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Dame Alice Owen's School
The location of the school Alice Owen set up in 1613.
Few schools owe their origin to a cow, a village maiden and an archer's arrow. The cow was being milked in a field outside the village of Islington in the mid 16th century; the maid, Alice Wilkes - accompanied by a young servant - stopped to watch and try her hand in milking; the arrow from nearby butts, sailed across the field and pierced the crown of her hat, miraculously without injuring her. Much impressed by her providential escape, she vowed that when rich enough she would do something for posterity to mark her gratitude.
Some 50 years later, Alice Wilkes, thrice widowed by a brewer, a mercer and latterly by Judge Thomas Owen, was a lady of considerable wealth. Reminded of her vow by the servant, she established a school here for 30 boy scholars from Islington in 1613. She entrusted the administration of the school and its endowment to the Worshipful Company of Brewers which, for nearly four centuries as Trustees of the Dame Alice Owen Foundation, has supported and encouraged the school.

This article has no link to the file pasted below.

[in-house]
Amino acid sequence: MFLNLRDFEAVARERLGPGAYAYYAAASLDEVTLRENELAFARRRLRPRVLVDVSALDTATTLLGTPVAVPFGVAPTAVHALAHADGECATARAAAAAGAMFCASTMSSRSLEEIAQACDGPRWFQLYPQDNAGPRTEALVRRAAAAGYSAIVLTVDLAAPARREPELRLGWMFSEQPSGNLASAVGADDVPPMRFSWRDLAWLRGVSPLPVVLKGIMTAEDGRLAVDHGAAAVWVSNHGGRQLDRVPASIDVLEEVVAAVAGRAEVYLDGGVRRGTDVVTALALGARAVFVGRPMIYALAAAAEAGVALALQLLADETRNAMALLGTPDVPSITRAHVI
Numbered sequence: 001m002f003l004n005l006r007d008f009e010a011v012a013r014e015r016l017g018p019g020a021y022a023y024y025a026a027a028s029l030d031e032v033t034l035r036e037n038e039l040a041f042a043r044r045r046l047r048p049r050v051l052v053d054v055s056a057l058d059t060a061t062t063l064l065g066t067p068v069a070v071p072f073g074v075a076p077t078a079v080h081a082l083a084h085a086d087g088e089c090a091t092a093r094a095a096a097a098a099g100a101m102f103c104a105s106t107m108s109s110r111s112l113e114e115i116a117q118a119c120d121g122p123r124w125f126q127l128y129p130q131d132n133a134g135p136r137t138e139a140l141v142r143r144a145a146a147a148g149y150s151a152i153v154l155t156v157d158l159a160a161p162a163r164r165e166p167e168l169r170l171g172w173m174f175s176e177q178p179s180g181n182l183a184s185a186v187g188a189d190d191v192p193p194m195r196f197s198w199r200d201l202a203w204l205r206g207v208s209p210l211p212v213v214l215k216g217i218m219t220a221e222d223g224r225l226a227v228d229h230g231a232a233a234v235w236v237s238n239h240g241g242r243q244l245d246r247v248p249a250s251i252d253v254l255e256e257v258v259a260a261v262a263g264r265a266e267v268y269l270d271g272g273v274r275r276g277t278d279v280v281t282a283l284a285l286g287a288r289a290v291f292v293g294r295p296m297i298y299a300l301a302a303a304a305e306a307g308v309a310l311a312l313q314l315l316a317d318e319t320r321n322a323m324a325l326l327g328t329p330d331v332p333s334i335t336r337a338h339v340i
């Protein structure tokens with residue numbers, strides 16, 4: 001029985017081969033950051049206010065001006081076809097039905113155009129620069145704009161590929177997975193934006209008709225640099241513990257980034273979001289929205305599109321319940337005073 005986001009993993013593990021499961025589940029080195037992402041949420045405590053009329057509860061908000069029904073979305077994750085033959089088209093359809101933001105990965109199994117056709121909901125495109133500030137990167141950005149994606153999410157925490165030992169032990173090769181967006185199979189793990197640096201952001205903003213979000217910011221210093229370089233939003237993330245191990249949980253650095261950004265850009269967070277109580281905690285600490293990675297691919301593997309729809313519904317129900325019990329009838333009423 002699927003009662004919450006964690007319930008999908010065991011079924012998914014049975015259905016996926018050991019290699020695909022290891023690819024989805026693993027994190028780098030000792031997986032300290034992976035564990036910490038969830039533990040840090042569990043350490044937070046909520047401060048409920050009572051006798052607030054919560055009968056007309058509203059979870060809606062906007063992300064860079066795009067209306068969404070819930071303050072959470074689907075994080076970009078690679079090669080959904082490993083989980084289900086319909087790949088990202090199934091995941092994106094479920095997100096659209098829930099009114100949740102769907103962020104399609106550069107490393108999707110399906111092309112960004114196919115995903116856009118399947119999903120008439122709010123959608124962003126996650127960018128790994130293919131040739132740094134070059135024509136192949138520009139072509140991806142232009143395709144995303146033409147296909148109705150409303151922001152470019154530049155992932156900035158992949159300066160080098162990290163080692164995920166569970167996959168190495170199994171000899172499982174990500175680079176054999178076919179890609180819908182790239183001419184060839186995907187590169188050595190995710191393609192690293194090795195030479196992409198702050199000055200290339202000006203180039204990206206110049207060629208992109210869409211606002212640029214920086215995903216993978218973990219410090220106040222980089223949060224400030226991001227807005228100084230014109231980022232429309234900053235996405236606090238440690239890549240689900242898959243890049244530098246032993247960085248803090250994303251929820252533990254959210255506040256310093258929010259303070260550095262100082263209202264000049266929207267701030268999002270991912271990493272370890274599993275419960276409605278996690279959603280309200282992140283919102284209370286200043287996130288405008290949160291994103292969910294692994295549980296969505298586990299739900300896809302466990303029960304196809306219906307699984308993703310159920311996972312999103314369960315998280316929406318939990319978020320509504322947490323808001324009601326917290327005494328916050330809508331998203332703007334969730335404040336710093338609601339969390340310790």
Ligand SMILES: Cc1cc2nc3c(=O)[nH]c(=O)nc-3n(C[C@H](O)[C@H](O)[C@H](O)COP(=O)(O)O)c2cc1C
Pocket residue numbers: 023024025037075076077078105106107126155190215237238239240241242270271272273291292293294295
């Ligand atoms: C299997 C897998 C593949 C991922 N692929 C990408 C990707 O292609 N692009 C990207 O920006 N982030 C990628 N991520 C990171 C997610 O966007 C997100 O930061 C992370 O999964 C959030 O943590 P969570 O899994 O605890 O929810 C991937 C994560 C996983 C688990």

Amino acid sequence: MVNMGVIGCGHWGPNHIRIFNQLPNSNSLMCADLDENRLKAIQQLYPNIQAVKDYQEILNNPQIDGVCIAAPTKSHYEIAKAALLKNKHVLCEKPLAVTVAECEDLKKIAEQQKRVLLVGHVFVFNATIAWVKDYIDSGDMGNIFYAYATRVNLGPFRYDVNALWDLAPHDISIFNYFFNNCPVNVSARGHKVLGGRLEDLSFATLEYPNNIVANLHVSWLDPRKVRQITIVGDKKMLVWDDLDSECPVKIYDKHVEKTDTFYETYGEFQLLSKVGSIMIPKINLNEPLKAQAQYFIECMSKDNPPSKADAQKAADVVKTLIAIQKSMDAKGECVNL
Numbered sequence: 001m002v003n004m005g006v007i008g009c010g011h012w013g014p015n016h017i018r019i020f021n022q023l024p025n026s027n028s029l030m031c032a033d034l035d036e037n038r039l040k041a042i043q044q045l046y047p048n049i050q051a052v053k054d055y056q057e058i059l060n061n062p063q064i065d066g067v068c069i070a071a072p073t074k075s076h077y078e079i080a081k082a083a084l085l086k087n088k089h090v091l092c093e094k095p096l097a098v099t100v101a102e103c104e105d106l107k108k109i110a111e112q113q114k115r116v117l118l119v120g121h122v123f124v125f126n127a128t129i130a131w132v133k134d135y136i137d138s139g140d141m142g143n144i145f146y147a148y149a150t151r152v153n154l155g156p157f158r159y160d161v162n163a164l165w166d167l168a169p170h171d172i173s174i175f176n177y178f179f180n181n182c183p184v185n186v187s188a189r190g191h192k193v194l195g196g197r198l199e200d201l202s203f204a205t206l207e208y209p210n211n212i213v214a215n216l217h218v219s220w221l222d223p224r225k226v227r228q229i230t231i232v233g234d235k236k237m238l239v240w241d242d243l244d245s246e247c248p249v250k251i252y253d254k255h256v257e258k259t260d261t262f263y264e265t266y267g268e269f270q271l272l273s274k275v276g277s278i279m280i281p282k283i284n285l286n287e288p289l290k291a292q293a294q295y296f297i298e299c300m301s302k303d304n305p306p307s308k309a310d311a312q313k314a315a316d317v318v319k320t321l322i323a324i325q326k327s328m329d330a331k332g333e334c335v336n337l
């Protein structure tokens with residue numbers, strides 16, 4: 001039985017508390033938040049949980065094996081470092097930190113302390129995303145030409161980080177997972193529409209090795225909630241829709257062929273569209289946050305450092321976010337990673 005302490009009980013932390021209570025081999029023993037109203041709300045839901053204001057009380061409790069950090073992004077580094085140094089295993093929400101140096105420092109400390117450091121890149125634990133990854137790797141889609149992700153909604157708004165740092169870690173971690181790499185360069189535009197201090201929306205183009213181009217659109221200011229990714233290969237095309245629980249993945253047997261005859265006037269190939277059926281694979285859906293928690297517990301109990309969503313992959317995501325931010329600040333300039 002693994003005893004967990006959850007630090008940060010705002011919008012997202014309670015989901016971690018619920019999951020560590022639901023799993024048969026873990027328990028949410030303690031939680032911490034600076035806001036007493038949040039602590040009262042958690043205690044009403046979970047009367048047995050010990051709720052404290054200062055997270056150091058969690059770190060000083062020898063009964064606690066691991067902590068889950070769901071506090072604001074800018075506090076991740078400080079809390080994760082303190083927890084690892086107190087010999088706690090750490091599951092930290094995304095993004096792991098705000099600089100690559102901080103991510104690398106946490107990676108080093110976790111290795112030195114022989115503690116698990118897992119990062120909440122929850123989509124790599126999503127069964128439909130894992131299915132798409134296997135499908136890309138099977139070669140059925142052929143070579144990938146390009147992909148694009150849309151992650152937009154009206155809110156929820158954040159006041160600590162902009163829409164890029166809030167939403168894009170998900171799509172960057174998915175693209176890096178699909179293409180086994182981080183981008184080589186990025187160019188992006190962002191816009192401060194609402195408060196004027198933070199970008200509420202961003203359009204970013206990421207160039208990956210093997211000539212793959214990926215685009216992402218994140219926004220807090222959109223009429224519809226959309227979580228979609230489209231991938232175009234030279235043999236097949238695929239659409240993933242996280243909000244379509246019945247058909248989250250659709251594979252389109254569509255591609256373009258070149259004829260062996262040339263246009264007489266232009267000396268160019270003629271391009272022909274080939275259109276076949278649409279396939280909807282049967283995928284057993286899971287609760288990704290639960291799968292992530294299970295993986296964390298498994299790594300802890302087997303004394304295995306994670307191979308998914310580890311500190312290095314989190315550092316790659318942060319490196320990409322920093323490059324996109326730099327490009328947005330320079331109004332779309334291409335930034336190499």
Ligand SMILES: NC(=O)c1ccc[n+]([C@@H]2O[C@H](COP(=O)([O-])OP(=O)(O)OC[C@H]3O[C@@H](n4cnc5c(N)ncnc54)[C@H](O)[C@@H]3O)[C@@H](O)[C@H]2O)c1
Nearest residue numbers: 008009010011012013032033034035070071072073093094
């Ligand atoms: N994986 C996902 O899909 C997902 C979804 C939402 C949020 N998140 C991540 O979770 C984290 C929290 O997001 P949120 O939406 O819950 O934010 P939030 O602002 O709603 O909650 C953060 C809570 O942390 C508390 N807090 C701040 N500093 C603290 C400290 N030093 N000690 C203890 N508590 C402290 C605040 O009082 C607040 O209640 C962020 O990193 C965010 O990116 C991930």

A girls' school was founded in 1886 and in the late 1960s a search was made for a new location. Eventually a combined school was opened in 1973 on the present site in Potters Bar.
On September 20, 1613, she laid down formal orders for the construction of the school. Dame Alice Owen passed away just 5 weeks later, on October 26, 1613.
Three iron arrows were mounted on one of the school gables as an apt reminder of her narrow escape. And, to this very day, the school newpaper is known as The Arrow.